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Guermazi, W.; Annabi-Trabelsi, N.; Belmonte, G.; Guermazi, K.; Ayadi, H.; Leignel, V. Solar Salterns and Pollution. Encyclopedia. Available online: (accessed on 13 June 2024).
Guermazi W, Annabi-Trabelsi N, Belmonte G, Guermazi K, Ayadi H, Leignel V. Solar Salterns and Pollution. Encyclopedia. Available at: Accessed June 13, 2024.
Guermazi, Wassim, Neila Annabi-Trabelsi, Genuario Belmonte, Kais Guermazi, Habib Ayadi, Vincent Leignel. "Solar Salterns and Pollution" Encyclopedia, (accessed June 13, 2024).
Guermazi, W., Annabi-Trabelsi, N., Belmonte, G., Guermazi, K., Ayadi, H., & Leignel, V. (2023, June 19). Solar Salterns and Pollution. In Encyclopedia.
Guermazi, Wassim, et al. "Solar Salterns and Pollution." Encyclopedia. Web. 19 June, 2023.
Solar Salterns and Pollution

Solar salterns and salt marshes are unique ecosystems with special physicochemical features and characteristic biota. There are very few studies focused on the impacts of pollution on these economic and ecological systems. Unfortunately, diversified pollution (metals, Polycyclic Aromatic Hydrocarbons, etc.) has been detected in these complex ecosystems. These hypersaline environments are under increasing threat due to anthropogenic pressures.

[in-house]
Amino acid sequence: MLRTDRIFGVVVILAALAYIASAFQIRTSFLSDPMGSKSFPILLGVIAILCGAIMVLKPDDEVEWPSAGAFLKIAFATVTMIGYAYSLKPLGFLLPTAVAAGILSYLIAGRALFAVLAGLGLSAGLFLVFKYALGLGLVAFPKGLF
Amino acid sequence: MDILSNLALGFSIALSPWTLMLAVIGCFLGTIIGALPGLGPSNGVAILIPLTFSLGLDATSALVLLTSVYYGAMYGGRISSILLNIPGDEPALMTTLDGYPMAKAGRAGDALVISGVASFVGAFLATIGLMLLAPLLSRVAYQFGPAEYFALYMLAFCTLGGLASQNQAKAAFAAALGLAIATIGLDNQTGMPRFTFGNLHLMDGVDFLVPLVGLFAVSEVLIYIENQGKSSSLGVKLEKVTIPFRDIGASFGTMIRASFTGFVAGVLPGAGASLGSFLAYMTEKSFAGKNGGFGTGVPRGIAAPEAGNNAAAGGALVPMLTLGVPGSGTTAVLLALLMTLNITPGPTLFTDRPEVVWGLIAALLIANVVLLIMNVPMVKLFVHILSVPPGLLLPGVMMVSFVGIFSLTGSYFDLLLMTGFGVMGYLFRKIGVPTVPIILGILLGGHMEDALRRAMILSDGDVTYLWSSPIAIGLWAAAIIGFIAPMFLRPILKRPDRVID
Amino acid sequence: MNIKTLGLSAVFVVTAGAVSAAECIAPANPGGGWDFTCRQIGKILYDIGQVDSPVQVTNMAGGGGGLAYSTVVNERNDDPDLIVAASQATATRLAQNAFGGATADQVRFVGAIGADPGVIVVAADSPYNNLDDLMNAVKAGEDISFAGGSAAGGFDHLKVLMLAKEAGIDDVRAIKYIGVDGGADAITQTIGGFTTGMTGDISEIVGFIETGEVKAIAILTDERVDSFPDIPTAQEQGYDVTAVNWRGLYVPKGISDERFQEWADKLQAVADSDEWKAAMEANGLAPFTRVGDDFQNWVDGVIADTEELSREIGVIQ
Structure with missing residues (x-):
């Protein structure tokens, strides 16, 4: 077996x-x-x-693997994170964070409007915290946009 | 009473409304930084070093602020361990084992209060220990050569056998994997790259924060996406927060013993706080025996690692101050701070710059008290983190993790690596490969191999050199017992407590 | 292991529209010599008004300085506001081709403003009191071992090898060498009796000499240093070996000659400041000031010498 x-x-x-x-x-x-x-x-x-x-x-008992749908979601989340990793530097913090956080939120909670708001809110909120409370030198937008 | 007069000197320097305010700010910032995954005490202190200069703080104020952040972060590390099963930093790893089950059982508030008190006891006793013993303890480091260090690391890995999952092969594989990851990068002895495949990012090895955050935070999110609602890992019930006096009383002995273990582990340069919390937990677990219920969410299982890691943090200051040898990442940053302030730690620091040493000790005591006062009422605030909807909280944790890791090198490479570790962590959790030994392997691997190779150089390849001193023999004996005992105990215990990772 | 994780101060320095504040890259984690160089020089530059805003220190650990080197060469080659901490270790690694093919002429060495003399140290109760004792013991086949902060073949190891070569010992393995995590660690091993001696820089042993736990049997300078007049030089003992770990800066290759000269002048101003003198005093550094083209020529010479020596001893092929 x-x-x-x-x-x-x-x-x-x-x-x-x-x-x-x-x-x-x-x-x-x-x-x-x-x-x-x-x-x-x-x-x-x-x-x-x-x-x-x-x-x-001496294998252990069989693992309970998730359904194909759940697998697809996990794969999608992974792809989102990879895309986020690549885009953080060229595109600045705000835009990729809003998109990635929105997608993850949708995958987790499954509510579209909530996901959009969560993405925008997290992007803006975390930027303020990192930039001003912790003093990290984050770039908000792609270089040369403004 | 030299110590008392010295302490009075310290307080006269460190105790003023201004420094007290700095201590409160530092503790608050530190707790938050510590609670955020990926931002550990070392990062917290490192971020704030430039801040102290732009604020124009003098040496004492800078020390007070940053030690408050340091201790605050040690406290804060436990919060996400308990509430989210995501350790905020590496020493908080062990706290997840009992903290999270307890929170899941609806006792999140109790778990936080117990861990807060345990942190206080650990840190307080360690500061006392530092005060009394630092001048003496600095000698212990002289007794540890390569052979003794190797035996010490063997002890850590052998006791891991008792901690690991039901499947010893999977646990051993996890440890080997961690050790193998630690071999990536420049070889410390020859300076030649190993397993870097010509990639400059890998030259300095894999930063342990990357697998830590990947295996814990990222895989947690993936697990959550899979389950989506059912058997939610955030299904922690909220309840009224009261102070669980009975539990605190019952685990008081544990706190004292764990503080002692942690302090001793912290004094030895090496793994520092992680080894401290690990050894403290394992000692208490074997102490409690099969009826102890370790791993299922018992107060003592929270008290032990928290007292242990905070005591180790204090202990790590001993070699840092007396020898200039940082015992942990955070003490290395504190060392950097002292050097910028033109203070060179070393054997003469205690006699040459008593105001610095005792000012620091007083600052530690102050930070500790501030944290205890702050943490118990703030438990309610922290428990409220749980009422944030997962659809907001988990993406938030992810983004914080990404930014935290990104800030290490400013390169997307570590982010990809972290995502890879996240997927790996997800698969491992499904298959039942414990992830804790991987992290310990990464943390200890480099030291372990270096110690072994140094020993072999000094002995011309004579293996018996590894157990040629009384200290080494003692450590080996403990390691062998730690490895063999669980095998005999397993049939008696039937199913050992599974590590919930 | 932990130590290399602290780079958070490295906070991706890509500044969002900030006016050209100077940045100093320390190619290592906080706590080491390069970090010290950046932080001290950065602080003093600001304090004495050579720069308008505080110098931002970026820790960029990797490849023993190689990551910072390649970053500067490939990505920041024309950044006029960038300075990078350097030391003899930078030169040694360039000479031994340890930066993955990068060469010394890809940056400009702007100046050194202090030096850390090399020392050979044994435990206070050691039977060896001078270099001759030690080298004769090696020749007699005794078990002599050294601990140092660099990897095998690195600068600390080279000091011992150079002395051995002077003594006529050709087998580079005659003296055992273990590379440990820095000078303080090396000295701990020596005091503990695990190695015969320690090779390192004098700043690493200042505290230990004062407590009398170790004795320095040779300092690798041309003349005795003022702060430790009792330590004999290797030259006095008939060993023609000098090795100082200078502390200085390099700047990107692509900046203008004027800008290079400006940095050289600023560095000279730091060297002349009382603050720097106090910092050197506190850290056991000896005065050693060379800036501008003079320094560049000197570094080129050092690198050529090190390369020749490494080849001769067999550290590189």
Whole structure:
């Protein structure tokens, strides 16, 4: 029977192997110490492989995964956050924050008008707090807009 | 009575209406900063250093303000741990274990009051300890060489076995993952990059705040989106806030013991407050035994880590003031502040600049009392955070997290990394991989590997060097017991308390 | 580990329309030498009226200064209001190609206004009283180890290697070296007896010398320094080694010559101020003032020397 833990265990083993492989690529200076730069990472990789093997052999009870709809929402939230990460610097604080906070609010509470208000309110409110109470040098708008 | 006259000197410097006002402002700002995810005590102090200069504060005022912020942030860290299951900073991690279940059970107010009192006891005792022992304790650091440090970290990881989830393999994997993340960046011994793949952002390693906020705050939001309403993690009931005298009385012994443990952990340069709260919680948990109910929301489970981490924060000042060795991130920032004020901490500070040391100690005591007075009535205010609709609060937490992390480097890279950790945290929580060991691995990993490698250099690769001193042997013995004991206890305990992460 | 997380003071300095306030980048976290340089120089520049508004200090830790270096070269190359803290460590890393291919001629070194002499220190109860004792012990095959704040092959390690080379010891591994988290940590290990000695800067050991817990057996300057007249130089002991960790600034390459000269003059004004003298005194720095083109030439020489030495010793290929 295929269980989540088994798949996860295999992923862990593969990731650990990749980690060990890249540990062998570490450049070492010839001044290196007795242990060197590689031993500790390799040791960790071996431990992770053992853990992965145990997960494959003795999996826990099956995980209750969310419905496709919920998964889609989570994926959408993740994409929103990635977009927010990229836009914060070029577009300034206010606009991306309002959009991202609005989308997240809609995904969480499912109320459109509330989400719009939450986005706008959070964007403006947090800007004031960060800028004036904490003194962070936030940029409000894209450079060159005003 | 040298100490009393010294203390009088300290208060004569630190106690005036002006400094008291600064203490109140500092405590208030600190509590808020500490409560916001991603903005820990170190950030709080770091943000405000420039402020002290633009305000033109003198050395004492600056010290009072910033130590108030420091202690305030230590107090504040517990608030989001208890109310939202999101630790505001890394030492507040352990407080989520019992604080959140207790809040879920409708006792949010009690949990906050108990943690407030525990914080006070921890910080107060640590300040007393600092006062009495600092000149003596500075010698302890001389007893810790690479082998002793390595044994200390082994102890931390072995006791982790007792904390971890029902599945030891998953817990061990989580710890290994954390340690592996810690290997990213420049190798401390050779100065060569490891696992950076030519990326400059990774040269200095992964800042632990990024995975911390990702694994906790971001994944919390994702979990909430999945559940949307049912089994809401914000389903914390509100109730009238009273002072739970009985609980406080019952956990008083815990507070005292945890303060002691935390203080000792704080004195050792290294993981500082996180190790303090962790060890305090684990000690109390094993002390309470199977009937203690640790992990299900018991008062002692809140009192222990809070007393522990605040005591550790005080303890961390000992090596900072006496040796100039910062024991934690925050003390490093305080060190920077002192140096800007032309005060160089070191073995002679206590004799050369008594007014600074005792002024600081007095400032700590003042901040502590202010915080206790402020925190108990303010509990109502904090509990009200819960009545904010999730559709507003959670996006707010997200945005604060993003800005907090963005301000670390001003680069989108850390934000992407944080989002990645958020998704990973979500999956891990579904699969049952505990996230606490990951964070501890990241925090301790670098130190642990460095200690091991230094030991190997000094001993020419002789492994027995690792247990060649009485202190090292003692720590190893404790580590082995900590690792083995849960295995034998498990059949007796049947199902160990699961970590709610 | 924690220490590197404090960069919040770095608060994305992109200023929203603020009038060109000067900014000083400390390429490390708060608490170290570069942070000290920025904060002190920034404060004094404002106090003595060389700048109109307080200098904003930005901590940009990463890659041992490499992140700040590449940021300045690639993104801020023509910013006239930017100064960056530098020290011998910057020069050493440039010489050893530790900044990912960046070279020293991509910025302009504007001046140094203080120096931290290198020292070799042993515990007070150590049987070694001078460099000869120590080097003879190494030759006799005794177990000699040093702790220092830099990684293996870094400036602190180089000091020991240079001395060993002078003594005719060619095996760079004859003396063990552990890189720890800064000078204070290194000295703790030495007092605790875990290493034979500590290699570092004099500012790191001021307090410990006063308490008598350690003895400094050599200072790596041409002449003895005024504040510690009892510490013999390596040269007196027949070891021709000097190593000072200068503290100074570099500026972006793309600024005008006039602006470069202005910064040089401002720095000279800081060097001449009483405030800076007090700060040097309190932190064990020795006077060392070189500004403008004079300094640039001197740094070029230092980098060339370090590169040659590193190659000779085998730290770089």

solar salterns biota pollution bioremediation

1. Introduction

Solar salterns have considerable economic, ecological, and scientific value. They are distributed globally along tropical and subtropical coasts in arid and semiarid regions [1][2]. They are mainly distributed in Mediterranean regions, where the climate is characterized by long dry periods in the summer, during which evaporation of seawater in ponds is accentuated [3]. Multi-pond salterns are human-controlled semi-artificial coastal systems designed to harvest NaCl from seawater for human consumption. In this system, seawater is pumped through a series of separate shallow ponds (Figure 1) that are typically less than 0.5 m in depth [4], in which it is gradually driven to ponds of greater salinities, ranging from seawater to sodium chloride saturation and sometimes even beyond [5]. Salterns are well known as continuous or semi-continuous systems because each set of ponds is characterized by a distinct range of salinity and biogeochemical attributes [6][7]. These thalassohaline environments are operated in repeated cycles of feeding with natural saltwater, increasing salt concentration due to water evaporation, and, finally, salt precipitation. Hence, they have certain attributes of semi-closed chemostats [6].
Figure 1. Water flow in solar salterns: the direction of the water circulation is indicated by the arrows.

2. Physicochemical Parameters